Fielding, John David
||TTh 11-12:30||122 Barrows||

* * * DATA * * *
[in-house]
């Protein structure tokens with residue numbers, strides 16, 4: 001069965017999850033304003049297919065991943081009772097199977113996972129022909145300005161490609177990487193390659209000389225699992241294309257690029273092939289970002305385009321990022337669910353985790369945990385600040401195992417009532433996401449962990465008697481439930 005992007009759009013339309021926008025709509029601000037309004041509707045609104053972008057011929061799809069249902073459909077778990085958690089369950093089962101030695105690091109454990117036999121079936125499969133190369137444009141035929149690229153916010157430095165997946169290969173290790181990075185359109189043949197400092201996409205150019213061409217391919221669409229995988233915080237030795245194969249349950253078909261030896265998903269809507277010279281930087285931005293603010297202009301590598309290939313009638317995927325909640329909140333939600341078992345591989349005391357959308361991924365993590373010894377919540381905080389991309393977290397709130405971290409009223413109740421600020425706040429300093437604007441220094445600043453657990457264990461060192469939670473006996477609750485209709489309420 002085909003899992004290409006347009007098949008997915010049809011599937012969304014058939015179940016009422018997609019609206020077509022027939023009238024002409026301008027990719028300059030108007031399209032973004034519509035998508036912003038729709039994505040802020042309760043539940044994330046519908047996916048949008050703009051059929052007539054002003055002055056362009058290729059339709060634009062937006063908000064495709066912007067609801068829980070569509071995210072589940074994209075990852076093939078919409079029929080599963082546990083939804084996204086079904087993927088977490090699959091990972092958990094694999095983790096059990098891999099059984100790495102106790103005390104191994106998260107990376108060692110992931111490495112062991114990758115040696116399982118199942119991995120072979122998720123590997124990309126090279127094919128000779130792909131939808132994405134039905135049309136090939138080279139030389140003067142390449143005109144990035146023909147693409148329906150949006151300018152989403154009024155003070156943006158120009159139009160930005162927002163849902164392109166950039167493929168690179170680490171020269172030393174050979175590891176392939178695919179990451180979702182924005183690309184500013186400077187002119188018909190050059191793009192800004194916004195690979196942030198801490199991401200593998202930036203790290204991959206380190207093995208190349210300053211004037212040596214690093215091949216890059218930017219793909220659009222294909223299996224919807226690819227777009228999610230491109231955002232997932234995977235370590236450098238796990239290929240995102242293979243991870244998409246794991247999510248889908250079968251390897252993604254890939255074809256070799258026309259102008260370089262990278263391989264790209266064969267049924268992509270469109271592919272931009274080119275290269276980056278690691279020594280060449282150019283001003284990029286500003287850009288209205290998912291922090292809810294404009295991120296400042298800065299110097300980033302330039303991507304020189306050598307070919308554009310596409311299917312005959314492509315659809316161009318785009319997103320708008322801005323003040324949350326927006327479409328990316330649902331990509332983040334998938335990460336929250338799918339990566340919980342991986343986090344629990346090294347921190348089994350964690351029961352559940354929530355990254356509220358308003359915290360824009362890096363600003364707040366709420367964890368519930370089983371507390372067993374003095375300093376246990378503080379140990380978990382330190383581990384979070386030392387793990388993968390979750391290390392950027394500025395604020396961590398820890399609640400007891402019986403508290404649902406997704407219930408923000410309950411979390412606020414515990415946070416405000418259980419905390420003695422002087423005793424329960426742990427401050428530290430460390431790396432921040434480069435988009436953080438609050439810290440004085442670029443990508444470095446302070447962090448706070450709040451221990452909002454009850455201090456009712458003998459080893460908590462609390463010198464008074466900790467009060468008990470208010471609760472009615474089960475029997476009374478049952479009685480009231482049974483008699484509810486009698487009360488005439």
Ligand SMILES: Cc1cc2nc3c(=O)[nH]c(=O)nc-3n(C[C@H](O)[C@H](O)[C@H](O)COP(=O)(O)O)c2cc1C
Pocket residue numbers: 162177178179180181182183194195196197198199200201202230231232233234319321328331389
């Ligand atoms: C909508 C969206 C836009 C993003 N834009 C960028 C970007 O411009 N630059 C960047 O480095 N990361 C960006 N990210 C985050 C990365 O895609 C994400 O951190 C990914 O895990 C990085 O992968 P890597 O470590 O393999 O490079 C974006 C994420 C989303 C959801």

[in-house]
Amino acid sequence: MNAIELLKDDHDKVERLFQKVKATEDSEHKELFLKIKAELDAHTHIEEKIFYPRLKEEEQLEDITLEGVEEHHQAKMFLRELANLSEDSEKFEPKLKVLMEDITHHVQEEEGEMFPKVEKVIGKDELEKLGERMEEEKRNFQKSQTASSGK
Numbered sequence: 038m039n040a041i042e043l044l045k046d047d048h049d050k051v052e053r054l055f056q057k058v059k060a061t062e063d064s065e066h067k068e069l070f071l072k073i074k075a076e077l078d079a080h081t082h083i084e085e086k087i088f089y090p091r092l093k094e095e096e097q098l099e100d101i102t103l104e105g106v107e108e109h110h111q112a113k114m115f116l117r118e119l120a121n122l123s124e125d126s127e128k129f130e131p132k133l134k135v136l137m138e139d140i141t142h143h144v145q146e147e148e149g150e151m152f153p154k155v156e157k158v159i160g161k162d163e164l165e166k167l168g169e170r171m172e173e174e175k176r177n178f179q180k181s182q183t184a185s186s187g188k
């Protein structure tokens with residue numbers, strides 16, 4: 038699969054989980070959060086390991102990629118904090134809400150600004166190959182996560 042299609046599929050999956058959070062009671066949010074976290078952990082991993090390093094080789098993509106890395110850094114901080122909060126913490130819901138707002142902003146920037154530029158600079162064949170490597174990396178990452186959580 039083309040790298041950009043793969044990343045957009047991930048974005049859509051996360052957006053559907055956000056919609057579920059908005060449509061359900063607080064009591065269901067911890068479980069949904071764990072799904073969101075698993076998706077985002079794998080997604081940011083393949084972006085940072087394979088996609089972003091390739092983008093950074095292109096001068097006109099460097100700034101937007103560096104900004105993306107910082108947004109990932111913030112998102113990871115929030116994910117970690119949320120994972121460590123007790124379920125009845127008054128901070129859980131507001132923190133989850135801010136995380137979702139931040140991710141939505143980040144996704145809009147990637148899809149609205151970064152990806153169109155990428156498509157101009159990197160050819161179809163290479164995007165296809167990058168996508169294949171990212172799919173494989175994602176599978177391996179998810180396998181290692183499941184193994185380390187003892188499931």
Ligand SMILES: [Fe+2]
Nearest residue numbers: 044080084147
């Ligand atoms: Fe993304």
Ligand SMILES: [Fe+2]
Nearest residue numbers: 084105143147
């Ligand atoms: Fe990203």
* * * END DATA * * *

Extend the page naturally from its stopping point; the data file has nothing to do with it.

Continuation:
The central aim of this course is to understand the Alice books as a cultural phenomenon rather than as isolate texts themselves. Thus, we will begin by surveying a number of seminal critical responses to Carroll?s tales, including competing Freudian and Lacanian interpretations, philosophical approaches such as Deleueze?s in The Logic of Sense, political studies (which alternately read Alice as a post-colonial revolutionary and as a colonizing imperialist), a few linguistic and logic-based takes, some forays into mathematical, particularly non-Euclidean, analyses, and rounding things off with some biographical and source-based material. This final critical strategy will then lead to our investigation of various documented, and a few yet-to-be-authenticated, sources for the poetic parodies peppering each text as well as some overall models from which Carroll drew inspiration or even direction. Finally, we will reverse the trajectory of this historical genealogy into the future to study a number of permutations of the Alice books which followed their original publication. These spin-offs will range from Carroll?s own Nursery Alice, and Alice on Stage and various merchandising items to what Carolyn Sigler terms, in her useful anthology of the same name, ?alternate Alices,? which documents the evolution of Carroll?s tale in the decades following their initial popularity. We will conclude by studying a few radically different cinematic adaptations of the books, ranging from Disney?s animated version to Jan Svankmajer?s unsettling Alice, with brief considerations of such underground oddities as Alice in Acidland.